‘Dassa, a bar owner who refuses to sell drugs to his customers, is killed by men working for Tavernier, a gangster known as Le Mandarin. Dassas’s sister Hélène is also in danger, for the same reasons. Inspector Favenin and the young inspector Barnero are put in charge of the case. Dan Rover, one of Dassa’s friends, engages the services of a man named Viletti to kill Tavernier. Another man, Raymond, is willing to provide an alibi if necessary. Barnero has grown disillusioned with his job and wants to leave the police service, but first he intends to arrest Tavernier. One day, Favenin and Barnero fail to prevent Viletti from killing Tavernier, and Barnero gets himself killed in the process. Favenin is given permission by his superior to continue the investigation alone. What nobody realises is that Favenin is ready to act without mercy and employ some very unconventional methods to achieve his aims…’
– Henri Willems
A driven police inspector who considers himself judge, jury and executioner and who is ready to step outside the law in the pursuit of his professional duties… It sounds like the premise of Don Siegel’s Dirty Harry (1971), yet a full year before this landmark American policier slammed onto cinema screens and changed the genre forever French director Yves Boisset had already trail blazed it to death in his ultra-violent thriller Un condé. This was a defining film for French cinema of the 1970s, marking a definitive break with the stylised crime films of the previous decades, which were predominantly imitations of American film noir of the 1940s, with more talk than action and very little in the way of real human suffering. Boisset had already directed two such films – Coplan sauve sa peau (1968) and Cran d’arrêt (1970) – and these pale into insignificance compared with his third, which was a determined attempt to portray crime, and the dubious methods adopted by the police to combat it, as realistically as possible.
Un condé delivered a seismic jolt to a genre that had all but run its course. It was deemed so shocking for its time that the Minister of the Interior, Raymond Marcellin, tried to have it banned. He failed, but in the process he gave the film a notoriety it may not otherwise have achieved. In France, there is no better publicity for a film than an attempt by the government to ban in, and so Boisset’s relentlessly grim exposé of the criminal underworld and police brutality was a notable success. What shocked audiences most was not the spectacle of hoodlums slaughtering each other in full-blooded Scorsese fashion but the way in which the police are portrayed as they go about mopping up this underworld vermin. In a number of scenes, torture is employed by the police as a means of extracting information from the gangsters and their associates. The central crime-fighting protagonist, Favenin, is a far cry from the morally impeccable cop of previous French thrillers. He is nothing more than a driven killing machine engaged in a personal vendetta.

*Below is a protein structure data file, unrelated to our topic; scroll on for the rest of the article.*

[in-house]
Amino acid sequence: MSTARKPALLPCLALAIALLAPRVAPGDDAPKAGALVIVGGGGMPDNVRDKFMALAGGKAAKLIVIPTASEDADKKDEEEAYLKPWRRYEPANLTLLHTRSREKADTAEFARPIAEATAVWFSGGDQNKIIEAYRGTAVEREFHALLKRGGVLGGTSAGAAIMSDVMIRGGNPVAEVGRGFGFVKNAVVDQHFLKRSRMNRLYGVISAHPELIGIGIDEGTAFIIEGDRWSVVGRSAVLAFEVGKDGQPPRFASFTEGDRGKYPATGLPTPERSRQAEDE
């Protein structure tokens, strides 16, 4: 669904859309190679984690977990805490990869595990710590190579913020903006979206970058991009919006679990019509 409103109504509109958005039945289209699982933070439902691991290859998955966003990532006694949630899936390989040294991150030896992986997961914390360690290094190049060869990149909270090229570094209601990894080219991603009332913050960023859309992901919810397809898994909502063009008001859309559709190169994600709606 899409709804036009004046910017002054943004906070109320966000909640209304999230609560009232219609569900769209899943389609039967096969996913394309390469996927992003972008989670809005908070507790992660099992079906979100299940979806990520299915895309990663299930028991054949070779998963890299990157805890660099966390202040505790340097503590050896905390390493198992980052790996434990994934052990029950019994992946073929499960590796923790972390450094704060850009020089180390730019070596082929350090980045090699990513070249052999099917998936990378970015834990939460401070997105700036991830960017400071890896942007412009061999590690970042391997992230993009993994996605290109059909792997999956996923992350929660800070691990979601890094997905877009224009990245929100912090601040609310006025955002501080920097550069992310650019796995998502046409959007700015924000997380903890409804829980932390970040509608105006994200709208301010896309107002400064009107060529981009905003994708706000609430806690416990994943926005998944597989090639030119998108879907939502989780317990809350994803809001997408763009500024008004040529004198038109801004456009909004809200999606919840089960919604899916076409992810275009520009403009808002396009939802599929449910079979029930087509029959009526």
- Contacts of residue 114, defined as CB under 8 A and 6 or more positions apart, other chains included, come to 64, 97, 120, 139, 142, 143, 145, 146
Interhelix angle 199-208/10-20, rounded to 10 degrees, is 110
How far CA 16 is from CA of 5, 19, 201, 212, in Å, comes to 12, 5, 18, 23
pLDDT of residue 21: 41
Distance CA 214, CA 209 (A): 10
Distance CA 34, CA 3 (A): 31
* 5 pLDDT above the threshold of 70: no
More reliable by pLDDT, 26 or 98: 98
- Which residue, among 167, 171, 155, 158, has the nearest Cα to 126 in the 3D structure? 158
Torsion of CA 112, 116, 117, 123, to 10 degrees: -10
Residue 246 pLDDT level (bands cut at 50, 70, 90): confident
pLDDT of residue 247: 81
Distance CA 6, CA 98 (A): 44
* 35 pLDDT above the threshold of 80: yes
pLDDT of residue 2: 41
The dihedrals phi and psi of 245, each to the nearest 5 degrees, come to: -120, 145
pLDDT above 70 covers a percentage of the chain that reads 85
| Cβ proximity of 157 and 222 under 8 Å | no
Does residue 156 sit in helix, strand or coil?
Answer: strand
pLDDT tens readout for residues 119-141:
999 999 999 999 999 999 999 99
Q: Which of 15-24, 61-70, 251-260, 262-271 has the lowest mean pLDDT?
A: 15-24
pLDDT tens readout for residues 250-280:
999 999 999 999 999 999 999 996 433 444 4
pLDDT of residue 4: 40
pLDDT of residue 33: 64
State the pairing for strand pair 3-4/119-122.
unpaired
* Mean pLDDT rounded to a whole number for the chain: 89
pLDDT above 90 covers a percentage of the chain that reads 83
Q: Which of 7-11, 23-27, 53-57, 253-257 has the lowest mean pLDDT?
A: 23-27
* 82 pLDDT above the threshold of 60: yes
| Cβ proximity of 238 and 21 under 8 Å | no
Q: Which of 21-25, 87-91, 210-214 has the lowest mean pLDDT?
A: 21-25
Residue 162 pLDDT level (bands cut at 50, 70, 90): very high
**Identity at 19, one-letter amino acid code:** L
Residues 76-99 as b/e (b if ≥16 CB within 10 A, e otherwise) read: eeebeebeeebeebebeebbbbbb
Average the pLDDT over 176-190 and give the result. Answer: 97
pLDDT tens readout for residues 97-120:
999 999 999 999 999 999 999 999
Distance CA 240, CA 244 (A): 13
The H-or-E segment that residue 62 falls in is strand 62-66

An obvious forerunner of Harry Callahan and all those maverick cops that casually gunned their way across television and cinema screens throughout the 1970s, Favenin has a cold-blooded ruthlessness that makes him less an agent of justice and more a merciless avenging angel. It is the kind of role you can easily imagine Alain Delon playing with his customary cool, reptilian élan, but the part went to a very different class of actor, Michel Bouquet. Cast completely against type, Bouquet proves to be an inspired choice for the part of Favenin, looking even tougher and more terrifyingly driven than Clint Eastwood was in any of his Dirty Harry films. There is barely a trace of humanity or moral restraint in Bouquet’s portrayal – his Favenin is a pure machine, one that acts without pity, without conscience as it carries out its one basic function, to hunt down and execute a slimeball cop killer.
Un condé was ahead of its time and was the first in a series of films that Boisset made which rocked the establishment boat in the 1970s. Two years later, he courted government and public censure a second time with L’Attentat (1972), an eye-opening account of the enormously controversial Ben Barka affair. This was followed by R.A.S. (1973), a bold insight into the atrocities of the Algerian War which had several cuts imposed on it by the government censor. Le Juge Fayard dit Le Shériff (1977), Boisset’s best crime film, is a whole-hearted assault on the self-serving duplicity of those who hold high office in France, one that came just as a series of high-profile judicial-political scandals hit the country and pretty well eroded all public confidence in the institutions of power.
Just as films such as Dirty Harry and The French Connection (1971) were set to bring about a dramatic sea change in the depiction of violence in English-speaking cinema, so Un condé had the same impact in France. Prior to this, French film directors portrayed crime with a certain romanticism or professional detachment, tacitly avoiding the gruesome realities of ‘the milieu’ that was so attractive to cinema audiences. Jean-Pierre Melville, often considered the godfather of the French gangster film, approached crime from a highly stylised angle and was more interested in the psychology of crime rather than the physical reality. Boisset’s film changed all that and heralded in a new era of crime film, bloodier and more violent than ever before, where those who were on the side of the law were every bit as ruthless and flawed as their criminal adversaries. French film noir had suddenly acquired a terrible air of reality.
— James Travers (Films de France)
Subtitles:English, German, Spanish (muxed), English, Spanish (srt)